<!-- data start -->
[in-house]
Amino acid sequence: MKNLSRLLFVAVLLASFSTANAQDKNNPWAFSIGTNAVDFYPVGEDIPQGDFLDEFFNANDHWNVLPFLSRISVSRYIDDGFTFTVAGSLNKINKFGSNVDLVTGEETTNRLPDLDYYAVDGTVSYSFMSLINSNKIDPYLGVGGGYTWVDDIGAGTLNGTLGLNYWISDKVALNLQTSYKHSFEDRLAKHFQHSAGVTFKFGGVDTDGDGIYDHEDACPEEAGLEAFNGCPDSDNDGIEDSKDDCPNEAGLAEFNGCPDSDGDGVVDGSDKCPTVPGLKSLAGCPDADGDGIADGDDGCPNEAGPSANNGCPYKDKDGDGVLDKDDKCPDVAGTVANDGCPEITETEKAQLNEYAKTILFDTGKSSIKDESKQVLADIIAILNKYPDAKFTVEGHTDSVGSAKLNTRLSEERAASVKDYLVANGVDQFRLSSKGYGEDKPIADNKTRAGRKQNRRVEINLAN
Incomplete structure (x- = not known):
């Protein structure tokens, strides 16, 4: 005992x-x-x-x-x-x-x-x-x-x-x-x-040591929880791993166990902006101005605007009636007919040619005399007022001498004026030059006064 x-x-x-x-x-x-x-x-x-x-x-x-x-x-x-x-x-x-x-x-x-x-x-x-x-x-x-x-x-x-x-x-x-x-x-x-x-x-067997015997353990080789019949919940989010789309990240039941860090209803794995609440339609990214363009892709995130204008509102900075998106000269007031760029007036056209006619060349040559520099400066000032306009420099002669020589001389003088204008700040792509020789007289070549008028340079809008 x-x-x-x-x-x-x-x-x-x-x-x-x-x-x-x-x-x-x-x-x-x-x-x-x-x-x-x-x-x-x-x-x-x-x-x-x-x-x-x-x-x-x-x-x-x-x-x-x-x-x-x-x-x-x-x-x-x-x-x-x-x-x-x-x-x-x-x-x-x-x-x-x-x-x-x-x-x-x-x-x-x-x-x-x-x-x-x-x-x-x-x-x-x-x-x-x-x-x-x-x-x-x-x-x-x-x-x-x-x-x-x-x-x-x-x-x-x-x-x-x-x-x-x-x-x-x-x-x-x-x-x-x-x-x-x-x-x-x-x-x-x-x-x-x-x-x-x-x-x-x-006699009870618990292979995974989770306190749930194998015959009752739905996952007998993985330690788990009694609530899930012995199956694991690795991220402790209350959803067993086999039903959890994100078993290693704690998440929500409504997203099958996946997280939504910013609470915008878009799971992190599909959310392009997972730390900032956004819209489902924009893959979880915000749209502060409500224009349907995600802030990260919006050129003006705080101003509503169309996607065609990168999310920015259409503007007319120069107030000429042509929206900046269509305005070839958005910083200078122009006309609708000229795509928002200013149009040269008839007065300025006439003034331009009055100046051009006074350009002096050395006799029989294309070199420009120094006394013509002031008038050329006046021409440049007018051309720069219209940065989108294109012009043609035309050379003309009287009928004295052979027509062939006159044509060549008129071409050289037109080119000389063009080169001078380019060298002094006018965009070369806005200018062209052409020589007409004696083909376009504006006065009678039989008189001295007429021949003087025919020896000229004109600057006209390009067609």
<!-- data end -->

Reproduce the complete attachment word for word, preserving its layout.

[in-house]
Amino acid sequence: MKNLSRLLFVAVLLASFSTANAQDKNNPWAFSIGTNAVDFYPVGEDIPQGDFLDEFFNANDHWNVLPFLSRISVSRYIDDGFTFTVAGSLNKINKFGSNVDLVTGEETTNRLPDLDYYAVDGTVSYSFMSLINSNKIDPYLGVGGGYTWVDDIGAGTLNGTLGLNYWISDKVALNLQTSYKHSFEDRLAKHFQHSAGVTFKFGGVDTDGDGIYDHEDACPEEAGLEAFNGCPDSDNDGIEDSKDDCPNEAGLAEFNGCPDSDGDGVVDGSDKCPTVPGLKSLAGCPDADGDGIADGDDGCPNEAGPSANNGCPYKDKDGDGVLDKDDKCPDVAGTVANDGCPEITETEKAQLNEYAKTILFDTGKSSIKDESKQVLADIIAILNKYPDAKFTVEGHTDSVGSAKLNTRLSEERAASVKDYLVANGVDQFRLSSKGYGEDKPIADNKTRAGRKQNRRVEINLAN
Incomplete structure (x- = not known):
């Protein structure tokens, strides 16, 4: 005992x-x-x-x-x-x-x-x-x-x-x-x-040591929880791993166990902006101005605007009636007919040619005399007022001498004026030059006064 x-x-x-x-x-x-x-x-x-x-x-x-x-x-x-x-x-x-x-x-x-x-x-x-x-x-x-x-x-x-x-x-x-x-x-x-x-x-067997015997353990080789019949919940989010789309990240039941860090209803794995609440339609990214363009892709995130204008509102900075998106000269007031760029007036056209006619060349040559520099400066000032306009420099002669020589001389003088204008700040792509020789007289070549008028340079809008 x-x-x-x-x-x-x-x-x-x-x-x-x-x-x-x-x-x-x-x-x-x-x-x-x-x-x-x-x-x-x-x-x-x-x-x-x-x-x-x-x-x-x-x-x-x-x-x-x-x-x-x-x-x-x-x-x-x-x-x-x-x-x-x-x-x-x-x-x-x-x-x-x-x-x-x-x-x-x-x-x-x-x-x-x-x-x-x-x-x-x-x-x-x-x-x-x-x-x-x-x-x-x-x-x-x-x-x-x-x-x-x-x-x-x-x-x-x-x-x-x-x-x-x-x-x-x-x-x-x-x-x-x-x-x-x-x-x-x-x-x-x-x-x-x-x-x-x-x-x-x-006699009870618990292979995974989770306190749930194998015959009752739905996952007998993985330690788990009694609530899930012995199956694991690795991220402790209350959803067993086999039903959890994100078993290693704690998440929500409504997203099958996946997280939504910013609470915008878009799971992190599909959310392009997972730390900032956004819209489902924009893959979880915000749209502060409500224009349907995600802030990260919006050129003006705080101003509503169309996607065609990168999310920015259409503007007319120069107030000429042509929206900046269509305005070839958005910083200078122009006309609708000229795509928002200013149009040269008839007065300025006439003034331009009055100046051009006074350009002096050395006799029989294309070199420009120094006394013509002031008038050329006046021409440049007018051309720069219209940065989108294109012009043609035309050379003309009287009928004295052979027509062939006159044509060549008129071409050289037109080119000389063009080169001078380019060298002094006018965009070369806005200018062209052409020589007409004696083909376009504006006065009678039989008189001295007429021949003087025919020896000229004109600057006209390009067609």